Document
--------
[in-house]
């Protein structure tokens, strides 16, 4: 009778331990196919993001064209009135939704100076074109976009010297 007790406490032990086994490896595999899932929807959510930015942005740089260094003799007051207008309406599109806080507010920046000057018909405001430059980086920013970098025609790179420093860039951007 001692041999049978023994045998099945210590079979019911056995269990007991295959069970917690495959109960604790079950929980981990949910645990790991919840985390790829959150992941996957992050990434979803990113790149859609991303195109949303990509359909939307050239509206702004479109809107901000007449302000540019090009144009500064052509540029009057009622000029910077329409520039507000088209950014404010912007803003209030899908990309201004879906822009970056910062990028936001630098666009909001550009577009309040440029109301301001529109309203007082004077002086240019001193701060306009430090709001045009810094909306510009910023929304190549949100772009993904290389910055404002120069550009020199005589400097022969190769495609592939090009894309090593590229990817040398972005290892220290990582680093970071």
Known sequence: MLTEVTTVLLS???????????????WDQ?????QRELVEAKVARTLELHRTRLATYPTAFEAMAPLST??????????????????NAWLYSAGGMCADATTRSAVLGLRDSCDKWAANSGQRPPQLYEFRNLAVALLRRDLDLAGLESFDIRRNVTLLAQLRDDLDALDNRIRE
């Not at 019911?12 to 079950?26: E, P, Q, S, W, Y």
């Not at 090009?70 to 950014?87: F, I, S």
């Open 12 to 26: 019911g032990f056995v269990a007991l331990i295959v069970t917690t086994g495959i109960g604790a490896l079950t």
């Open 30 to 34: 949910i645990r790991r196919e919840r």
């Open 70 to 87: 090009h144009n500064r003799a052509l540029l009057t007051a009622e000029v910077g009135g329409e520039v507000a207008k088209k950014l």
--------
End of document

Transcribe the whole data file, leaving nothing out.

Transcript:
[in-house]
């Protein structure tokens, strides 16, 4: 009778331990196919993001064209009135939704100076074109976009010297 007790406490032990086994490896595999899932929807959510930015942005740089260094003799007051207008309406599109806080507010920046000057018909405001430059980086920013970098025609790179420093860039951007 001692041999049978023994045998099945210590079979019911056995269990007991295959069970917690495959109960604790079950929980981990949910645990790991919840985390790829959150992941996957992050990434979803990113790149859609991303195109949303990509359909939307050239509206702004479109809107901000007449302000540019090009144009500064052509540029009057009622000029910077329409520039507000088209950014404010912007803003209030899908990309201004879906822009970056910062990028936001630098666009909001550009577009309040440029109301301001529109309203007082004077002086240019001193701060306009430090709001045009810094909306510009910023929304190549949100772009993904290389910055404002120069550009020199005589400097022969190769495609592939090009894309090593590229990817040398972005290892220290990582680093970071």
Known sequence: MLTEVTTVLLS???????????????WDQ?????QRELVEAKVARTLELHRTRLATYPTAFEAMAPLST??????????????????NAWLYSAGGMCADATTRSAVLGLRDSCDKWAANSGQRPPQLYEFRNLAVALLRRDLDLAGLESFDIRRNVTLLAQLRDDLDALDNRIRE
């Not at 019911?12 to 079950?26: E, P, Q, S, W, Y």
């Not at 090009?70 to 950014?87: F, I, S």
């Open 12 to 26: 019911g032990f056995v269990a007991l331990i295959v069970t917690t086994g495959i109960g604790a490896l079950t």
């Open 30 to 34: 949910i645990r790991r196919e919840r």
């Open 70 to 87: 090009h144009n500064r003799a052509l540029l009057t007051a009622e000029v910077g009135g329409e520039v507000a207008k088209k950014l």